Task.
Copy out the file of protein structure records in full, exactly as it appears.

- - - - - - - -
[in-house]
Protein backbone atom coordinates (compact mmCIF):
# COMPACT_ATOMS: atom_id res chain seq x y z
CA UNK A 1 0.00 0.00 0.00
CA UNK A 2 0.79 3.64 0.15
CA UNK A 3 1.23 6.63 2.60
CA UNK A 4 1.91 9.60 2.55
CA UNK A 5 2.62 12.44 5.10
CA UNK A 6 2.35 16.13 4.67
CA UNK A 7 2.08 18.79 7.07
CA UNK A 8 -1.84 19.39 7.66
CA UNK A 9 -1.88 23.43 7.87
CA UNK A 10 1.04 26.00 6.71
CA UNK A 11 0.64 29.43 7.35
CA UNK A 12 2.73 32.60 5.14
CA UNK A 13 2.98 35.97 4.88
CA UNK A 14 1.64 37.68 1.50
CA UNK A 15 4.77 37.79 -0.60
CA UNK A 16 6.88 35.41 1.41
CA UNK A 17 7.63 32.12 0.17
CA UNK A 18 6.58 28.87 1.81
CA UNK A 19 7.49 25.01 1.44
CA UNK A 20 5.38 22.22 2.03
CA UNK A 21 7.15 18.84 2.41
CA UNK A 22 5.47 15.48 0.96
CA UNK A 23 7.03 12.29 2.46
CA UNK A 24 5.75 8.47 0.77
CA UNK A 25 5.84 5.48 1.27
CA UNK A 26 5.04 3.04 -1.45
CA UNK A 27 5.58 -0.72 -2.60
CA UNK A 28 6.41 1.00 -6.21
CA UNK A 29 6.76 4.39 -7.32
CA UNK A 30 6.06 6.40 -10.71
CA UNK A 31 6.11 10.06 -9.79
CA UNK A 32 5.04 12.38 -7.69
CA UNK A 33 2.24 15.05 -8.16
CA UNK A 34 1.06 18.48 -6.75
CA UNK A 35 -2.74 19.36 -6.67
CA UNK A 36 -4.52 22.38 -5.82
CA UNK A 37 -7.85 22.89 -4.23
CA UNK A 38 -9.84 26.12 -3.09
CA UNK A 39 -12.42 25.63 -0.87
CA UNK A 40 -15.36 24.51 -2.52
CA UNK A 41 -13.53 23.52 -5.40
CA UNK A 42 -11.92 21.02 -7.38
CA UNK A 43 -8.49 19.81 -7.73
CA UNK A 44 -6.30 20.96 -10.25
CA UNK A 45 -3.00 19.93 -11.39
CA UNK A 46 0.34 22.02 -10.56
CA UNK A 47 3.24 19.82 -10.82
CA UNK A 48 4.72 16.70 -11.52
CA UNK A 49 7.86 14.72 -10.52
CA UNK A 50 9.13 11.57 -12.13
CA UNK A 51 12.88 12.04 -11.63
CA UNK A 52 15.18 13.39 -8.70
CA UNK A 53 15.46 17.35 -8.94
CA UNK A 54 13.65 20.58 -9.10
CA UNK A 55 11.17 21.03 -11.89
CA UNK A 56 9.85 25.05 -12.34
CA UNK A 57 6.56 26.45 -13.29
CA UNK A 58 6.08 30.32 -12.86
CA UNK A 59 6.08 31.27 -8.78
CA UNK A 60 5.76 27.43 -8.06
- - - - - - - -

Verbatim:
[in-house]
Protein backbone atom coordinates (compact mmCIF):
# COMPACT_ATOMS: atom_id res chain seq x y z
CA UNK A 1 0.00 0.00 0.00
CA UNK A 2 0.79 3.64 0.15
CA UNK A 3 1.23 6.63 2.60
CA UNK A 4 1.91 9.60 2.55
CA UNK A 5 2.62 12.44 5.10
CA UNK A 6 2.35 16.13 4.67
CA UNK A 7 2.08 18.79 7.07
CA UNK A 8 -1.84 19.39 7.66
CA UNK A 9 -1.88 23.43 7.87
CA UNK A 10 1.04 26.00 6.71
CA UNK A 11 0.64 29.43 7.35
CA UNK A 12 2.73 32.60 5.14
CA UNK A 13 2.98 35.97 4.88
CA UNK A 14 1.64 37.68 1.50
CA UNK A 15 4.77 37.79 -0.60
CA UNK A 16 6.88 35.41 1.41
CA UNK A 17 7.63 32.12 0.17
CA UNK A 18 6.58 28.87 1.81
CA UNK A 19 7.49 25.01 1.44
CA UNK A 20 5.38 22.22 2.03
CA UNK A 21 7.15 18.84 2.41
CA UNK A 22 5.47 15.48 0.96
CA UNK A 23 7.03 12.29 2.46
CA UNK A 24 5.75 8.47 0.77
CA UNK A 25 5.84 5.48 1.27
CA UNK A 26 5.04 3.04 -1.45
CA UNK A 27 5.58 -0.72 -2.60
CA UNK A 28 6.41 1.00 -6.21
CA UNK A 29 6.76 4.39 -7.32
CA UNK A 30 6.06 6.40 -10.71
CA UNK A 31 6.11 10.06 -9.79
CA UNK A 32 5.04 12.38 -7.69
CA UNK A 33 2.24 15.05 -8.16
CA UNK A 34 1.06 18.48 -6.75
CA UNK A 35 -2.74 19.36 -6.67
CA UNK A 36 -4.52 22.38 -5.82
CA UNK A 37 -7.85 22.89 -4.23
CA UNK A 38 -9.84 26.12 -3.09
CA UNK A 39 -12.42 25.63 -0.87
CA UNK A 40 -15.36 24.51 -2.52
CA UNK A 41 -13.53 23.52 -5.40
CA UNK A 42 -11.92 21.02 -7.38
CA UNK A 43 -8.49 19.81 -7.73
CA UNK A 44 -6.30 20.96 -10.25
CA UNK A 45 -3.00 19.93 -11.39
CA UNK A 46 0.34 22.02 -10.56
CA UNK A 47 3.24 19.82 -10.82
CA UNK A 48 4.72 16.70 -11.52
CA UNK A 49 7.86 14.72 -10.52
CA UNK A 50 9.13 11.57 -12.13
CA UNK A 51 12.88 12.04 -11.63
CA UNK A 52 15.18 13.39 -8.70
CA UNK A 53 15.46 17.35 -8.94
CA UNK A 54 13.65 20.58 -9.10
CA UNK A 55 11.17 21.03 -11.89
CA UNK A 56 9.85 25.05 -12.34
CA UNK A 57 6.56 26.45 -13.29
CA UNK A 58 6.08 30.32 -12.86
CA UNK A 59 6.08 31.27 -8.78
CA UNK A 60 5.76 27.43 -8.06